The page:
• The “Go Faster” case: State B wants their summative assessment to be entirely comprised of portfolios, projects and/or performance-based assessments (i.e., no multiple choice items). Because ESSA provides for including these type of items only on part of state assessments (see the first opportunity discussed above), State B would have to leverage the pilot to accomplish its more aggressive design change.

    • The “Go Beyond” case: State C wants to do something other than the handful of innovative design features allowed for under the new assessment flexibility in ESSA discussed in the first opportunity above. The pilot’s limitations, by contrast, are mainly technical (e.g., comparability of data). The pilot would thus be the best vehicle for State C to try something not explicitly authorized in the general assessment provisions of ESSA.

  • Opportunity #3: States and districts are encouraged to build higher-quality systems of assessment. ESSA includes two new opportunities for states to re-evaluate their systems of assessment to help ensure they are supporting the skills needed to meet college and career expectations. First, each year, ESSA authorizes at least $1.5M for any interested state to conduct an audit of its state- and local-required assessments and to implement an improvement plan based on the audit findings, including subgrants from the state to school districts. The goals of such audits are not only “eliminating any unnecessary assessments” to reduce the testing burden, but also “improved assessment quality and efficiency to improve teaching and learning.” The subgrants to local districts are particularly interesting new opportunities to drive the second goal: for example, districts may use these funds “to support teachers in the development of classroom-based assessments, interpreting assessment data, and designing instruction.” Although the two goals should often be compatible with each other, some states may need to balance their desire to reduce the time spent on assessment with the potential benefits of embracing the more authentic, instructionally-embedded assessments ESSA now allows, which may actually take more time than a standardized test. Second, ESSA also allows districts – in rethinking their assessment portfolio – to swap the state high school test for a national assessment, such as the SAT or ACT. States must approve the selection and will have to determine, among other things, if the national assessment is sufficiently aligned to the particular state’s standards. Leaders at both the district and state levels should consider this option as part of a thoughtful process of creating a high-quality and balanced system of assessment.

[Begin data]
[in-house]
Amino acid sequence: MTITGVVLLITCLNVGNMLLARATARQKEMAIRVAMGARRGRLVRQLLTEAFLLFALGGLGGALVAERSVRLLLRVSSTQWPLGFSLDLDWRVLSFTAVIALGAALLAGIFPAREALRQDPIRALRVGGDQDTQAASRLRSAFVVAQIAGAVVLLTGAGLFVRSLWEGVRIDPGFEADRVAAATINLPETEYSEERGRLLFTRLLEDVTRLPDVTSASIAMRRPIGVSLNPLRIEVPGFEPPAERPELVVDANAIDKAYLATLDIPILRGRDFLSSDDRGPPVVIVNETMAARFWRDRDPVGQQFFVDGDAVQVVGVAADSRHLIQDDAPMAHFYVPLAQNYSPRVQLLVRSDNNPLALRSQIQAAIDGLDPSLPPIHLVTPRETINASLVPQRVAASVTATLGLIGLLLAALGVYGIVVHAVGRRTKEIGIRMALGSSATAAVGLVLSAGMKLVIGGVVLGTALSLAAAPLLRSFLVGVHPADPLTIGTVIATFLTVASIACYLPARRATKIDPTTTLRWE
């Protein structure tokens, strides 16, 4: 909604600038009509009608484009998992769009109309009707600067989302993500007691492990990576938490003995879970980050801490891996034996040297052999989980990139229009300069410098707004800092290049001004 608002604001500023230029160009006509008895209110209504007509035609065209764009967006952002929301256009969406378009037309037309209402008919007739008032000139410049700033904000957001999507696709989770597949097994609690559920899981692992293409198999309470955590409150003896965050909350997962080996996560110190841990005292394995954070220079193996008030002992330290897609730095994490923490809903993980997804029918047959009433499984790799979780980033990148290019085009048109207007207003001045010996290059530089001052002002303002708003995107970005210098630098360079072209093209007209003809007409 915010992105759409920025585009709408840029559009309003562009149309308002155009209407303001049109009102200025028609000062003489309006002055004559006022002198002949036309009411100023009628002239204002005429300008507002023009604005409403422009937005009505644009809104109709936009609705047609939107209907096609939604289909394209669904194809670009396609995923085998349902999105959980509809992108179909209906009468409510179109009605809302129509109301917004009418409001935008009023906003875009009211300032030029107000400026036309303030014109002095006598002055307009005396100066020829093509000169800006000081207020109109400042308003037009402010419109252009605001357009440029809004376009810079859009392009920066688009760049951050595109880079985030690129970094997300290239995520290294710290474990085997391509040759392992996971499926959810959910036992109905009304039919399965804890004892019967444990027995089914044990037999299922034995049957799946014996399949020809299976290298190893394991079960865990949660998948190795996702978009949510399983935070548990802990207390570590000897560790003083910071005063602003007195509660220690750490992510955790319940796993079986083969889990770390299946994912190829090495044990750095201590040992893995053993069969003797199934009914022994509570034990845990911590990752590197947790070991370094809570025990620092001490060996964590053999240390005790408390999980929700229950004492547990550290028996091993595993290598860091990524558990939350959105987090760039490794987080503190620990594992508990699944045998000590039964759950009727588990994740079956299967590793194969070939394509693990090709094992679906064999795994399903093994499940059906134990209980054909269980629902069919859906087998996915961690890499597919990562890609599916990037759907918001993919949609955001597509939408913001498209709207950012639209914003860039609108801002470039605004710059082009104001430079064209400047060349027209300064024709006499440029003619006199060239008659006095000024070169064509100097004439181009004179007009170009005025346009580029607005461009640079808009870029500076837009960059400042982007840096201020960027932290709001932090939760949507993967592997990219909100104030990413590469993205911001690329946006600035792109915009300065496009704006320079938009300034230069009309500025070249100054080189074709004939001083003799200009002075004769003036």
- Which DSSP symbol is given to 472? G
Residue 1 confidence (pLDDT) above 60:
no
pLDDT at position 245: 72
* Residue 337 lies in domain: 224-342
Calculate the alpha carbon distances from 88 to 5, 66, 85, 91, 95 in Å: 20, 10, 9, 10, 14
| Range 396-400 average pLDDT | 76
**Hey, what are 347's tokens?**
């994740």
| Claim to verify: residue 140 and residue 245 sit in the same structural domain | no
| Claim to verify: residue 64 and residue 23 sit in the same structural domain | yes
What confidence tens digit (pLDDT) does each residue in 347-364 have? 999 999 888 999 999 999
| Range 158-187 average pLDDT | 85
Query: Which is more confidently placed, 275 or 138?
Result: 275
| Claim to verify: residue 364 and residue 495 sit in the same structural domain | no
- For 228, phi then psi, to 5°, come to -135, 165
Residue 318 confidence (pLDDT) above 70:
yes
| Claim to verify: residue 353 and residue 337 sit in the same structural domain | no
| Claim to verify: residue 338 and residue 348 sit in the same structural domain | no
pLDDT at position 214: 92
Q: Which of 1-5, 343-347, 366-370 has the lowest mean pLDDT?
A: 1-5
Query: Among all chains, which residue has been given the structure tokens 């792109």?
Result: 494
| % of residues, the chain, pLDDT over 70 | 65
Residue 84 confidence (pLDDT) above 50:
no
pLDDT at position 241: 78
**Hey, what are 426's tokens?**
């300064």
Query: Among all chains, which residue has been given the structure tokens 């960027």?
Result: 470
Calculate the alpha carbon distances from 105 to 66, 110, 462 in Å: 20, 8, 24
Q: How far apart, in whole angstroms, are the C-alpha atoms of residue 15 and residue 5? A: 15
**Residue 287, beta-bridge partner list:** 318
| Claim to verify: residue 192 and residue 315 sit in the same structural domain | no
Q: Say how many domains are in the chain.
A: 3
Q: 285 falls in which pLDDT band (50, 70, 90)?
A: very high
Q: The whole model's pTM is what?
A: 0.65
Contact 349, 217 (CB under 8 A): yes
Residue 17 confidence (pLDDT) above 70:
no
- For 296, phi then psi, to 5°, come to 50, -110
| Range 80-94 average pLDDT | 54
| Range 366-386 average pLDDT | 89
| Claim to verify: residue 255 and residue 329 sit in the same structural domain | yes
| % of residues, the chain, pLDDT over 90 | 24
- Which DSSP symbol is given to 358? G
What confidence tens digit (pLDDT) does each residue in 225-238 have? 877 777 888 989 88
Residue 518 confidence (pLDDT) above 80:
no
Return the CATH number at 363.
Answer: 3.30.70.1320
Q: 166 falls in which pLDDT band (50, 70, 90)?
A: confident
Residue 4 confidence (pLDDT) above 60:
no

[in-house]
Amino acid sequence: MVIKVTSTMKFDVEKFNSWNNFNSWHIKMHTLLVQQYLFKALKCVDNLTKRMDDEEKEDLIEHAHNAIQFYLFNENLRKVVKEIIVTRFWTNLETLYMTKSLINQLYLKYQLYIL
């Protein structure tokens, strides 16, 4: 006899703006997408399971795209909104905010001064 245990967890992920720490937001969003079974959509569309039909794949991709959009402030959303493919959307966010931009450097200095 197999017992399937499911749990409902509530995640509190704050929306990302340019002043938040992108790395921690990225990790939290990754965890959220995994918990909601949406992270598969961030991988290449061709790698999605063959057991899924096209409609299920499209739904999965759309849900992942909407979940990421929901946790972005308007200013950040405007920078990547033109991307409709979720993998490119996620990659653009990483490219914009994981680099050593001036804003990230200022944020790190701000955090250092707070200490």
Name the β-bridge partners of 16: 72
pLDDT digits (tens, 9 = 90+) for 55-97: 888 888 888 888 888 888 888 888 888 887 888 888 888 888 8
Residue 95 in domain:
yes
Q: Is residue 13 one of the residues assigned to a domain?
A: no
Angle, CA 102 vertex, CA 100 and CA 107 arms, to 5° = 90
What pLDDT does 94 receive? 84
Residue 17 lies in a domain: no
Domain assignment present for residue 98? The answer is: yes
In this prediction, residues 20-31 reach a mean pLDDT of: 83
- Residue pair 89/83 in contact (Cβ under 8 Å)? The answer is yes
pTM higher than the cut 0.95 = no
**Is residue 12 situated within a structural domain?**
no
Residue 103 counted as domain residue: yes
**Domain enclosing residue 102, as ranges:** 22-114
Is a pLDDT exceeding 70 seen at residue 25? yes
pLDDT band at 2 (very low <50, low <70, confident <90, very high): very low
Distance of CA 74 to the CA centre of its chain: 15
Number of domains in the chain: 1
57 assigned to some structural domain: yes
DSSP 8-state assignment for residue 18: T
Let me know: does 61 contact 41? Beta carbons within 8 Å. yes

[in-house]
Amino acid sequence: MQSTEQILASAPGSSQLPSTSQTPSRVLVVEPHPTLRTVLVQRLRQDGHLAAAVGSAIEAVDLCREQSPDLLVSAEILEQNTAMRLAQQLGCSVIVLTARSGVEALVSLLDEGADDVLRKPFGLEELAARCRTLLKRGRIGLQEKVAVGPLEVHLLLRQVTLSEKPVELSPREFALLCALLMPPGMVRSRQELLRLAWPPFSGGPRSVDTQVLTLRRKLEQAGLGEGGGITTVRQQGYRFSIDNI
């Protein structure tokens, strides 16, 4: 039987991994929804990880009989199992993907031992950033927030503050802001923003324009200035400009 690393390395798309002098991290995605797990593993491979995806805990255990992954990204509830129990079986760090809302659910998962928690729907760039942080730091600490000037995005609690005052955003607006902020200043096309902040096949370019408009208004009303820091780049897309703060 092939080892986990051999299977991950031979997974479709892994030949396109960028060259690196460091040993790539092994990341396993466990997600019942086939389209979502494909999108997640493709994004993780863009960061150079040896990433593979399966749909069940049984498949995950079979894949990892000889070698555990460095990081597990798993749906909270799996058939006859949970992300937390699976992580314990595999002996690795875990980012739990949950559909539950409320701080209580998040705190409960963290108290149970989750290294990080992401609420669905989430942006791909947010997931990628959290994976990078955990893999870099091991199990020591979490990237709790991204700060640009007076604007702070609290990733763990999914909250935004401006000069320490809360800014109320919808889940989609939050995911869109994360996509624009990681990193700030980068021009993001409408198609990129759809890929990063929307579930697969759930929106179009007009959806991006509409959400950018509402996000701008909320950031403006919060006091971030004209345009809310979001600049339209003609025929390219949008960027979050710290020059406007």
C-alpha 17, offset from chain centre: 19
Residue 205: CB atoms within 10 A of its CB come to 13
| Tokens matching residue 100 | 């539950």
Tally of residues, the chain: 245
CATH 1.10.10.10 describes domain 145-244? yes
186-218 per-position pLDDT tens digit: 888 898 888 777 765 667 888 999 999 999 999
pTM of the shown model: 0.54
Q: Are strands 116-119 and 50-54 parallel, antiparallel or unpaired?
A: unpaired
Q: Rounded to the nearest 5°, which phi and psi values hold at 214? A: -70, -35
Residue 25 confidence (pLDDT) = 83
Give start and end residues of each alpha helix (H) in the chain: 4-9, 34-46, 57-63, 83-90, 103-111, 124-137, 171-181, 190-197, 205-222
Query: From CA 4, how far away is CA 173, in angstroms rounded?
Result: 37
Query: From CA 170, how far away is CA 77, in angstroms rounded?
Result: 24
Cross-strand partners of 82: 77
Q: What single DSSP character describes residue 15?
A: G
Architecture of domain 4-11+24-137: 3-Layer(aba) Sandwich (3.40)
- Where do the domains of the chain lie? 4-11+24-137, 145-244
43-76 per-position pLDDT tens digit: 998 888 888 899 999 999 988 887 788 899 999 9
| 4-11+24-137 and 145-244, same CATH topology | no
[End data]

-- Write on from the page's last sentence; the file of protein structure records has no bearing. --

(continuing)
• Risk: How will USED thread the innovation needle? Although ESSA restricts USED’s authority in many ways, the law maintains the federal government’s role in approving (via peer review) each state’s assessments, including the new design options discussed in the first opportunity discussed earlier. USED will also define the constraints and limitations of the assessment pilot. In exercising these approval rights, USED will have to balance a number of competing forces. On one hand, innovators need room to innovate. If USED is too strict in its interpretation of technical requirements, then the new assessment opportunities may exist only in theory. On the other hand, there are substantial risks in lowering the technical bar too far in an attempt to support innovation. If the new assessments do not yield valid, reliable, and (most importantly) comparable data, they could undermine the integrity of publicly reported achievement data, jeopardize the coherence and equity of state accountability determinations, and limit educators’ ability to get schools and individual students the resources and supports they need to succeed. This latter risk is especially problematic within the larger ESSA context because the law relies heavily on the theory of action that transparent data will drive state action, especially on behalf of struggling students. In other words, with fewer federal levers in place, the need for quality, consistent, and reliable data is greater than ever.

Assessment policy under ESSA should be a fascinating and important space to watch as states and districts decide whether to take Congress up on these various new opportunities and as USED responds to their proposed innovations. In light of growing concerns about the quality and quantity of assessments (including but not limited to the “opt-out” movement), education leaders at all levels should take advantage of the opportunities presented by ESSA to build high-quality systems of assessment that support the drive to college- and career-ready outcomes for all students.

Share this post